The group has operations in 16 African nations, including Kenya, and offers services via correspondent banks in 22 more markets in Africa, where sliding commodities prices have put the brakes on previously strong growth.
Rival Barclays has responded by reducing its exposure to Africa, but Standard Chartered takes an alternative view.
“We see Africa as an opportunity to invest rather than exit or divest,” its chairman John Peace told Reuters in Nairobi, adding that the internet and other technology is linking more African companies to global trade.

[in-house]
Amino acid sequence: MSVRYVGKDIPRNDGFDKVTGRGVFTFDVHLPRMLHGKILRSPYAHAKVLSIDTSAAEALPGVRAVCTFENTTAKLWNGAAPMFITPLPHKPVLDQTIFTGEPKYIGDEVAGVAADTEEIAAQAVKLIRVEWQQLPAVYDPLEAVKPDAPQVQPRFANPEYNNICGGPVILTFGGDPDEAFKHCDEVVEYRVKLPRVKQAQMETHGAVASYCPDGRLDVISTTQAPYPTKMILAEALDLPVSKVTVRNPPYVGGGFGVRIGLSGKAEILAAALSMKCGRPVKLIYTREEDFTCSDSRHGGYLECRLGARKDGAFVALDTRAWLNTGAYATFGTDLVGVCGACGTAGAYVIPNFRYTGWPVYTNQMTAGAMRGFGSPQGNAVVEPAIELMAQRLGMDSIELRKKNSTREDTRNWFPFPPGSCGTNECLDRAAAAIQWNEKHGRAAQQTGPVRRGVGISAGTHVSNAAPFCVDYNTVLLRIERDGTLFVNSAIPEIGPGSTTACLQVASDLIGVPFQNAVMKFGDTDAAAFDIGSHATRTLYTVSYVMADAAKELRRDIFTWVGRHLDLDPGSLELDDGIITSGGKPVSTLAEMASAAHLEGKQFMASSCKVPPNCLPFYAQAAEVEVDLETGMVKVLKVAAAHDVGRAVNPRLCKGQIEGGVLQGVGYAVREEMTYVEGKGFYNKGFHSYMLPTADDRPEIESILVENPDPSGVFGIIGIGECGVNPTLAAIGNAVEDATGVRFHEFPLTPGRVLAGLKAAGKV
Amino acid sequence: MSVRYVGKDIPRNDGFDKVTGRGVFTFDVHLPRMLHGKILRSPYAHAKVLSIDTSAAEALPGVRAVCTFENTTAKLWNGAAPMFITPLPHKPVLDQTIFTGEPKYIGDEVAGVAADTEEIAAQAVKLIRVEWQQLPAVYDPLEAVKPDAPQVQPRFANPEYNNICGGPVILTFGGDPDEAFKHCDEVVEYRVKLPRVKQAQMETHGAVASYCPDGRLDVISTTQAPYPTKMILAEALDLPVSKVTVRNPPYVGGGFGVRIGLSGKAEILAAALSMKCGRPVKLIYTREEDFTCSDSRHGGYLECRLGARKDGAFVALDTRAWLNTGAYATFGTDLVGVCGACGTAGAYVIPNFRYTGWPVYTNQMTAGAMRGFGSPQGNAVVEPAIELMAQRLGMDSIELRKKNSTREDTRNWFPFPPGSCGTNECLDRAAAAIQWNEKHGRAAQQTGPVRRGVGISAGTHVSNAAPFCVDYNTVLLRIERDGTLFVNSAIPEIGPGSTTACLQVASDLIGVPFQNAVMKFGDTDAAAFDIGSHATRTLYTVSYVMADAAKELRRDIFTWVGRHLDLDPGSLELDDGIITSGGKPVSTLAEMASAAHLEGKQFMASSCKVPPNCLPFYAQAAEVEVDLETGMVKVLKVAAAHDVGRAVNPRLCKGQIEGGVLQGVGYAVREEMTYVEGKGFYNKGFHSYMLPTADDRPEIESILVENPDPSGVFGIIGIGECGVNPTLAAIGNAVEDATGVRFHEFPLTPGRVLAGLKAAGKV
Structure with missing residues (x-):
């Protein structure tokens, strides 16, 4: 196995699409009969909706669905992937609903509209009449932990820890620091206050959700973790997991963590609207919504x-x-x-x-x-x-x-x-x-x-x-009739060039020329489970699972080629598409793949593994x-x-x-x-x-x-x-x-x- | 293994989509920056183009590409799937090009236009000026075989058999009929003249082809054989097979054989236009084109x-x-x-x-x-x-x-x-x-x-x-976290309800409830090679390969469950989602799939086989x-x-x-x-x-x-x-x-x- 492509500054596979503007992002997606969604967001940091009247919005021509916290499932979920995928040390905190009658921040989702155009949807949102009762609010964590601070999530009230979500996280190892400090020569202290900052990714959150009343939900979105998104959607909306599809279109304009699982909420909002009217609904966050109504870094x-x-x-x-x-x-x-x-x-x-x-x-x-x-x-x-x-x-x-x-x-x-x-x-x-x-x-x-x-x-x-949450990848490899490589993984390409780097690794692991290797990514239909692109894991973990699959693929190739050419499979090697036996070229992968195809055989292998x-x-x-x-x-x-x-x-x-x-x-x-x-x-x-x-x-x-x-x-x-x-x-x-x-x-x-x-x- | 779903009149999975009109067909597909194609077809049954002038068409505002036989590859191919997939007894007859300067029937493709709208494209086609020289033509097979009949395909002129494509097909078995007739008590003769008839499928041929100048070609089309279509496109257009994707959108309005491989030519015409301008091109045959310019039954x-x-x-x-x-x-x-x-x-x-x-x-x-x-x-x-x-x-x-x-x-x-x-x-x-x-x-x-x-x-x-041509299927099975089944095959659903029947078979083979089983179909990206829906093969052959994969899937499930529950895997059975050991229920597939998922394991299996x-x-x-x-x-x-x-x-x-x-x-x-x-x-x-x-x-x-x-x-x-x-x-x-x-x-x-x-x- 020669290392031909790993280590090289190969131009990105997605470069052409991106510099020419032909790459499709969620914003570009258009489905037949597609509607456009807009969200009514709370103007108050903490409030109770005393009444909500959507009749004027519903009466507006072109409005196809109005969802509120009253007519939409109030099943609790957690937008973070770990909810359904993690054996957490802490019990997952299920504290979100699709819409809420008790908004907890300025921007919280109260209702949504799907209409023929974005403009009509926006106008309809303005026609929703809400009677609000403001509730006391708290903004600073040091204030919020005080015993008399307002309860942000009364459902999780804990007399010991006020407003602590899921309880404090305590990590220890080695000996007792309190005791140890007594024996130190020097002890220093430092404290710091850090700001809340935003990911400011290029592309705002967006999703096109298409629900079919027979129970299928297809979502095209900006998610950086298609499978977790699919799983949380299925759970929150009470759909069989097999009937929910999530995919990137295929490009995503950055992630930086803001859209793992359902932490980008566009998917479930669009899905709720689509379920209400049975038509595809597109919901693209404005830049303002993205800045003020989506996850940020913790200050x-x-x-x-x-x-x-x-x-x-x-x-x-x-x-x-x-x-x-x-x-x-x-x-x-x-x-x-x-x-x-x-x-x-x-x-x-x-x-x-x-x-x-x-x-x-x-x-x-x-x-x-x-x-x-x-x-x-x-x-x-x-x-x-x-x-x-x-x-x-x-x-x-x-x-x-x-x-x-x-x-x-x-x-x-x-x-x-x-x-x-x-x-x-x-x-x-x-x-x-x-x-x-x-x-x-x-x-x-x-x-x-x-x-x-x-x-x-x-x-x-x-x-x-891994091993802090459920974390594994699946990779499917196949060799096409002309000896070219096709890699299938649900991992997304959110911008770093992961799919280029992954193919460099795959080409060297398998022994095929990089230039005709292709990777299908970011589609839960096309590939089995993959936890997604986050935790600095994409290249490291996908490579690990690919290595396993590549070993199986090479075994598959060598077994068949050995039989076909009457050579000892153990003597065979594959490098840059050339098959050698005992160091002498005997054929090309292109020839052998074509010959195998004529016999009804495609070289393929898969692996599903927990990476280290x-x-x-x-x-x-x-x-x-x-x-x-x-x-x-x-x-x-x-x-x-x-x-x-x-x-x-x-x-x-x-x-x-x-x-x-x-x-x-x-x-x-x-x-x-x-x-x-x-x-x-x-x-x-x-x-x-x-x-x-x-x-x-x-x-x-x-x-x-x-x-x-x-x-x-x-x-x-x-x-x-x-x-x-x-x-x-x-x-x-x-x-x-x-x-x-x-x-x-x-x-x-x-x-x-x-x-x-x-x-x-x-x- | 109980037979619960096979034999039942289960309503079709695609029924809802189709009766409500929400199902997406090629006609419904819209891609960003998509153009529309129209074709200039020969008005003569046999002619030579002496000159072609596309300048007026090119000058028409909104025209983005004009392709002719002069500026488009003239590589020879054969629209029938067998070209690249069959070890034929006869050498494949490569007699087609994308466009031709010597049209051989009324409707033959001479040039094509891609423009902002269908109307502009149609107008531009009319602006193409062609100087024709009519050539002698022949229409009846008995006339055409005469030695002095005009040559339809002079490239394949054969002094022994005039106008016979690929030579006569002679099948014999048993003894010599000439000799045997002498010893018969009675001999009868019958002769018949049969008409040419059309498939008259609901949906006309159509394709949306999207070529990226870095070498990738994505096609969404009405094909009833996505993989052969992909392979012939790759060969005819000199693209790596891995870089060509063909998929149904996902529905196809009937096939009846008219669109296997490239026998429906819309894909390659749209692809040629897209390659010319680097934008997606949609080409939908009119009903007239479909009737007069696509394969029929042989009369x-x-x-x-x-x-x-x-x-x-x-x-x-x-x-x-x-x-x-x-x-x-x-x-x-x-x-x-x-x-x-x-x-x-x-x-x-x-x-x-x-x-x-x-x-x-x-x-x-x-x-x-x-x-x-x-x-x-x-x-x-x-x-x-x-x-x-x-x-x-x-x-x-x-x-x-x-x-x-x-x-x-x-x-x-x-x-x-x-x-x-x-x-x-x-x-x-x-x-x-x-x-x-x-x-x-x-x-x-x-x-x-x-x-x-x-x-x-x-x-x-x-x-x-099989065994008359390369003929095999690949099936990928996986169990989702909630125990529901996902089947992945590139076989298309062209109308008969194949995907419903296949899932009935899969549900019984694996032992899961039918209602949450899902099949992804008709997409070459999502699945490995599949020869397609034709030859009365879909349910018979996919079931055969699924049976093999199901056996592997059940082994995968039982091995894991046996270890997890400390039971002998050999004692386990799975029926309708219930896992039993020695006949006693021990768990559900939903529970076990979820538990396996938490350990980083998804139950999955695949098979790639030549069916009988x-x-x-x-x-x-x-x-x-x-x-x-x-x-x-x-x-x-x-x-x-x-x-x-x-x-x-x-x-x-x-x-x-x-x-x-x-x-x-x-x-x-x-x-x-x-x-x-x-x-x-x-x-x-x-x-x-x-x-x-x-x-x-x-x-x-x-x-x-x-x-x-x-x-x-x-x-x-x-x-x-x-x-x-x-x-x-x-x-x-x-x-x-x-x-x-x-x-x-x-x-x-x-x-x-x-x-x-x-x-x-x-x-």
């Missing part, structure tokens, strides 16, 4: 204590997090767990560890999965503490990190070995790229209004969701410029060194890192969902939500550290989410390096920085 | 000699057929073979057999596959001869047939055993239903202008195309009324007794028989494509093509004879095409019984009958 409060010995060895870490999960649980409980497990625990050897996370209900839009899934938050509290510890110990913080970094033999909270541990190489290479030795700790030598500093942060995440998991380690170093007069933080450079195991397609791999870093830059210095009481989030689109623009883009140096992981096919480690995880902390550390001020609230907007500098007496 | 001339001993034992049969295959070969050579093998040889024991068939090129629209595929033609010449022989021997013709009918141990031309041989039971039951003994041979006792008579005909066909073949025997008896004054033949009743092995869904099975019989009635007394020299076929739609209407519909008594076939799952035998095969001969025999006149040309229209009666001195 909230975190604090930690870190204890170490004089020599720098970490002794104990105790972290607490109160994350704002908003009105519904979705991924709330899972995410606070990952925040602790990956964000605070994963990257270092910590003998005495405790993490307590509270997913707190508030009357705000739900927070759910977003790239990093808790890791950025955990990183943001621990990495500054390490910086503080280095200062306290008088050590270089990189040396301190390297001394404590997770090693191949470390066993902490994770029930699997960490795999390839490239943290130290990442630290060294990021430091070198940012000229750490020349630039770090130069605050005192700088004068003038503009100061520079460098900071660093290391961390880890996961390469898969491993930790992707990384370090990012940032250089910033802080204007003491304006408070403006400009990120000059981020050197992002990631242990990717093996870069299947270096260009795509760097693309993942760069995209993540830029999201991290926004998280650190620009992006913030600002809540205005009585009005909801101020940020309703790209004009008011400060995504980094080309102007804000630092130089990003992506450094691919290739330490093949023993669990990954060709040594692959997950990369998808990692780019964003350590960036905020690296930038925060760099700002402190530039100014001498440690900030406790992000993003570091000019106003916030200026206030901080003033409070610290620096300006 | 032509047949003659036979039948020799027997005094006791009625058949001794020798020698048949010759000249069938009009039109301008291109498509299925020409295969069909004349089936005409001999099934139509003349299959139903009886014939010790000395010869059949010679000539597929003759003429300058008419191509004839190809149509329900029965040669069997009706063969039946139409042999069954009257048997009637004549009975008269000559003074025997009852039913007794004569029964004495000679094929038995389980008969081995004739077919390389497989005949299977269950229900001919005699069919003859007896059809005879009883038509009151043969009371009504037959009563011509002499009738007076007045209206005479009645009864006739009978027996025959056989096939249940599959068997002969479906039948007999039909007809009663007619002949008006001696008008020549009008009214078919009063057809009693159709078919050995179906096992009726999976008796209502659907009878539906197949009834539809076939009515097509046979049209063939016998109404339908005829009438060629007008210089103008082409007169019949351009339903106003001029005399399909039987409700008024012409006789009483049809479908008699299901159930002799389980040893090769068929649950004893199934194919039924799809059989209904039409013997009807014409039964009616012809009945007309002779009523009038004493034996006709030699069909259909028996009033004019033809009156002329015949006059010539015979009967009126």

“You can run a business, not just a large corporation but a medium-size business, here in Kenya and be connected to the world,” he said. “Banks, therefore, have a duty to be able to support that connectivity and that is what we are trying to do.”
The World Bank cut its 2016 growth forecast for sub-Saharan Africa this week to 3.3%, from a previous estimate of 4.4 percent, citing the drop in commodities prices.
Commodity exporter SA and oil producer Nigeria have been hit hard. But Kenya, an oil importer now enjoying cheaper crude prices, has kept annual growth around 6%. Peace said that Standard Chartered’s wealth-management products were finding customers in nations such as Kenya.